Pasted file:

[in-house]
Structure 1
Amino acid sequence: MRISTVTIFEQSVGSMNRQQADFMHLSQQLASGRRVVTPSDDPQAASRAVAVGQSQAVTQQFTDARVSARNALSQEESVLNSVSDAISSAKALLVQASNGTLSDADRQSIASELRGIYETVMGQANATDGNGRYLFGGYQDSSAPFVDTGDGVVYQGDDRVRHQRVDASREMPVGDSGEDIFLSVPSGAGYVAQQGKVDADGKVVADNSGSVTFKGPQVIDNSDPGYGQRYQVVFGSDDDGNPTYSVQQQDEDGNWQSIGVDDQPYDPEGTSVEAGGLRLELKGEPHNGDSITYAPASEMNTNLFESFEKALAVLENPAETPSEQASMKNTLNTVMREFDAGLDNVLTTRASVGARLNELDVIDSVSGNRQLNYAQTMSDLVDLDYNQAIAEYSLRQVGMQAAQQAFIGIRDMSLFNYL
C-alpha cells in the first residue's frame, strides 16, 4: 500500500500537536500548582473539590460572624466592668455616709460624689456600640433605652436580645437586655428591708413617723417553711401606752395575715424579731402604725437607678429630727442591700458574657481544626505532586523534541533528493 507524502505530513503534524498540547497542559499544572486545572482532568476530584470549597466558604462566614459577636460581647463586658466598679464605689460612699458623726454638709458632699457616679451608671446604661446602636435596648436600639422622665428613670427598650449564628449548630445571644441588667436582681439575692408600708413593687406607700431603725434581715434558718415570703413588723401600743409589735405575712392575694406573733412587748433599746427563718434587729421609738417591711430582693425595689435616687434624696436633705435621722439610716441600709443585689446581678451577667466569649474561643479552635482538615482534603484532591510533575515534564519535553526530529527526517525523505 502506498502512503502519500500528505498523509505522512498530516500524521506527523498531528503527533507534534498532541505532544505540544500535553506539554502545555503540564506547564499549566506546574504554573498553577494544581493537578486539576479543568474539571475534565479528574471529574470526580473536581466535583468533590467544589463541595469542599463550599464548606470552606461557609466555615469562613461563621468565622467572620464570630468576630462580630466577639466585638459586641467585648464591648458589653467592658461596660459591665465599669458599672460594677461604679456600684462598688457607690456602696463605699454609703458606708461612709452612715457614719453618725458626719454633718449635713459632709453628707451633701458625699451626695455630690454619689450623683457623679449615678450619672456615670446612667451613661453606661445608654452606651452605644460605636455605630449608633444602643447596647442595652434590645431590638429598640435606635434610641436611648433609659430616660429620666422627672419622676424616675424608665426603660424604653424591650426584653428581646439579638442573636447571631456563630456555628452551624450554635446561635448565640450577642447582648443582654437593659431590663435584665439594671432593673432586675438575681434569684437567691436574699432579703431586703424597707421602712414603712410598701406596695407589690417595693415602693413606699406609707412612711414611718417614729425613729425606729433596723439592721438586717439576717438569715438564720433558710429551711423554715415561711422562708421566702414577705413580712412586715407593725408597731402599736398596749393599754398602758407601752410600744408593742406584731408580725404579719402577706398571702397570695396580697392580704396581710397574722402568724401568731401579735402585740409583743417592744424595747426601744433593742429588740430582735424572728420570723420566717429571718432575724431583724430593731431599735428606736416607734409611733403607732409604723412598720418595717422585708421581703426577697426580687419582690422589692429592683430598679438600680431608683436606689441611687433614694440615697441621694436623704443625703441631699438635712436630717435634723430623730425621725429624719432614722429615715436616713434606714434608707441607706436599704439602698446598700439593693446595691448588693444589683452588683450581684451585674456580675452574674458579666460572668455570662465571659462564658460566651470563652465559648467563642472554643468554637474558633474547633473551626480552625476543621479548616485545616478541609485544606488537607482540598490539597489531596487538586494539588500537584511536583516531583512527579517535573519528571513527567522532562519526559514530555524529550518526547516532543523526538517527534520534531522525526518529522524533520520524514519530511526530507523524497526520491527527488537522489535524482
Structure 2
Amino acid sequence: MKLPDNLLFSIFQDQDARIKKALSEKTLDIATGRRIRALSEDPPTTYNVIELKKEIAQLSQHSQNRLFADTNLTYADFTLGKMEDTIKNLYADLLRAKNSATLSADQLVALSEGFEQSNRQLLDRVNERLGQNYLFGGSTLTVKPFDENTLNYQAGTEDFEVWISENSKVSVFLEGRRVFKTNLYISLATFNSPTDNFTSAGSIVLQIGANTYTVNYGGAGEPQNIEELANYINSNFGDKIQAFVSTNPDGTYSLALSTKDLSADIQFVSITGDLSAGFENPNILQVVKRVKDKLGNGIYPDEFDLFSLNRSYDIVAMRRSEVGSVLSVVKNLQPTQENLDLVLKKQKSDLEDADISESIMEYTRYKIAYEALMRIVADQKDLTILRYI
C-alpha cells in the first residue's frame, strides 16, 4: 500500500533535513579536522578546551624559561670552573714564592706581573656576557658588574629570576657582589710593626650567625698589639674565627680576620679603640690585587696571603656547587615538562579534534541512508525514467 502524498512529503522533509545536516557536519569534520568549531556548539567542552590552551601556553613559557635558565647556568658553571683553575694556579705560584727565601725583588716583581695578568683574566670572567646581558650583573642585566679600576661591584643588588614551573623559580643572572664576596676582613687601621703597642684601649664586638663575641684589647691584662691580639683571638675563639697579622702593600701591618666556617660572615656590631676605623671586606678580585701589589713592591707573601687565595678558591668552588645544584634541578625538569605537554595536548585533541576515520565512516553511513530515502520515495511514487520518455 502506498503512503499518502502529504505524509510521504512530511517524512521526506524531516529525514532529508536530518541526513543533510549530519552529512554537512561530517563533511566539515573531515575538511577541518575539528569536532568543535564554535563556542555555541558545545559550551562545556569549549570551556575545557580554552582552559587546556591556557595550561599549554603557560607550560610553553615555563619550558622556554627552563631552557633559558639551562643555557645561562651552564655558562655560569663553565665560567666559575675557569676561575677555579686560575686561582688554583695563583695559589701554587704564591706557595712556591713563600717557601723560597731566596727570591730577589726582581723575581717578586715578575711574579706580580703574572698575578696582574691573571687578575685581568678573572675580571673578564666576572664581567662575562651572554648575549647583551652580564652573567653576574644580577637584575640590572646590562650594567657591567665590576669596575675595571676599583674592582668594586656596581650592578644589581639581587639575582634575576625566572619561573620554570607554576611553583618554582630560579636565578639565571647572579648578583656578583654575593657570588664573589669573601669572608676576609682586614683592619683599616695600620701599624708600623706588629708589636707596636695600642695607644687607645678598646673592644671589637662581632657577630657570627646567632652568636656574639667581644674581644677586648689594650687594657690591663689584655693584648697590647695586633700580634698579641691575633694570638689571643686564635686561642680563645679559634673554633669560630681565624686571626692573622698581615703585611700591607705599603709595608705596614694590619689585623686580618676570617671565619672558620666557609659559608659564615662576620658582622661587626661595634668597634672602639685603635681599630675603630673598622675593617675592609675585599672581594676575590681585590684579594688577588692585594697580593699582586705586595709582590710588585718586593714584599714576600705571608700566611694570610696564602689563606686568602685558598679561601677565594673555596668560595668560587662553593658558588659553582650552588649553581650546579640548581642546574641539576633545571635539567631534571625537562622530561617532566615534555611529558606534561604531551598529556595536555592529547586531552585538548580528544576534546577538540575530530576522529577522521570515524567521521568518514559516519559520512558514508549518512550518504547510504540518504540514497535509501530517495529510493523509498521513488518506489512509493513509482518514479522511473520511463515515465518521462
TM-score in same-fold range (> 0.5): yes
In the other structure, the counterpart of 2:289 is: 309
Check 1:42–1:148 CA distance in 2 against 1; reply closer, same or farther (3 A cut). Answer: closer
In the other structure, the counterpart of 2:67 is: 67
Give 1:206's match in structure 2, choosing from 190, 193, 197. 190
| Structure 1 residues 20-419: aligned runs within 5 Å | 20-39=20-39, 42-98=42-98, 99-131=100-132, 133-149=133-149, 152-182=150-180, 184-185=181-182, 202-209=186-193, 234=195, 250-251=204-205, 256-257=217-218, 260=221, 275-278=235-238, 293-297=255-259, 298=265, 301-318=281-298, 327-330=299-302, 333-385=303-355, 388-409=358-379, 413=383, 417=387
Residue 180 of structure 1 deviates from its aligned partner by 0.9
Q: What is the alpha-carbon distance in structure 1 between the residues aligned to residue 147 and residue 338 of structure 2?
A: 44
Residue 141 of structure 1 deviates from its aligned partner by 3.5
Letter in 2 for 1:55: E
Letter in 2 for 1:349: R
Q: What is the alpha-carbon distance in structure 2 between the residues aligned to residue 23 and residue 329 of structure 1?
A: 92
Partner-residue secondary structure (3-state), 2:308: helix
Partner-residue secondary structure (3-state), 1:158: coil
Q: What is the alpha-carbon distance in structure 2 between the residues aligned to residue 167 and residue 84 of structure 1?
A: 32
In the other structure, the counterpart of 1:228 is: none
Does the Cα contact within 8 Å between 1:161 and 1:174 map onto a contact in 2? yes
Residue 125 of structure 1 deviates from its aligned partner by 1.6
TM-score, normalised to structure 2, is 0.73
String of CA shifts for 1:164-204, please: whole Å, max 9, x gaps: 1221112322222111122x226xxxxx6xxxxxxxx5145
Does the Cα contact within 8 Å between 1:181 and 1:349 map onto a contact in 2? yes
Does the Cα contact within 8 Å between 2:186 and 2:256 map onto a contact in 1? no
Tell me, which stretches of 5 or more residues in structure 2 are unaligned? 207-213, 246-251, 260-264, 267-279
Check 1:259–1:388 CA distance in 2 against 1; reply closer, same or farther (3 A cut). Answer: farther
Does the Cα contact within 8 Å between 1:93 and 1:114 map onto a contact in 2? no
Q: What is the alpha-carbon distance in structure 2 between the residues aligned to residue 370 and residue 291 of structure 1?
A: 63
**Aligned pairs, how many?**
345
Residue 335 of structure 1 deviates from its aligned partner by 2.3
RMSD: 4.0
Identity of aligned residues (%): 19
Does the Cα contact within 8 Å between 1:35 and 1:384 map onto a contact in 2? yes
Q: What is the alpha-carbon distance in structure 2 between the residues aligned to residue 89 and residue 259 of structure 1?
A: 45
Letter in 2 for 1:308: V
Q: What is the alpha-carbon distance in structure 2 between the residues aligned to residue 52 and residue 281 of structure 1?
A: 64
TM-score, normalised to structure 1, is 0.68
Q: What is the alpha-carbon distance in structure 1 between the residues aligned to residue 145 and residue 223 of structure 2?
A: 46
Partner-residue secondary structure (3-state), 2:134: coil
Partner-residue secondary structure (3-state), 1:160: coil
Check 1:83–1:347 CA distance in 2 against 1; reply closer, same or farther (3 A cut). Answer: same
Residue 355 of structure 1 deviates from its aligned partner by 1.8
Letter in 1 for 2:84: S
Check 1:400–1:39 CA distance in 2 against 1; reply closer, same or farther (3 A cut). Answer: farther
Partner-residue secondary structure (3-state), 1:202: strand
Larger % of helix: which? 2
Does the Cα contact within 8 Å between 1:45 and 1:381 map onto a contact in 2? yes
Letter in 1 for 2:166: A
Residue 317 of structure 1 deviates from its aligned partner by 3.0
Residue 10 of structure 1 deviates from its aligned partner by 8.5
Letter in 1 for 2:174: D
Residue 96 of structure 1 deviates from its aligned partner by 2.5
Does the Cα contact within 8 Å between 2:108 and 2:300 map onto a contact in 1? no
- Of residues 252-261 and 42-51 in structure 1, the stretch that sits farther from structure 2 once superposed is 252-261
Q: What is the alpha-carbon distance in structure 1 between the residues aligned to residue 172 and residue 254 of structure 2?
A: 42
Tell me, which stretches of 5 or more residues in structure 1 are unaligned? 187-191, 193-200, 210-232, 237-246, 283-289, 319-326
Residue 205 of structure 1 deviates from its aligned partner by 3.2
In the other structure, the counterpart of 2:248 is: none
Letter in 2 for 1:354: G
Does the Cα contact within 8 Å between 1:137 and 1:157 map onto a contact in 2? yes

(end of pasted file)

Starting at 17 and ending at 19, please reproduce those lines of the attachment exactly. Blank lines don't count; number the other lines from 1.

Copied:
Residue 141 of structure 1 deviates from its aligned partner by 3.5
Letter in 2 for 1:55: E
Letter in 2 for 1:349: R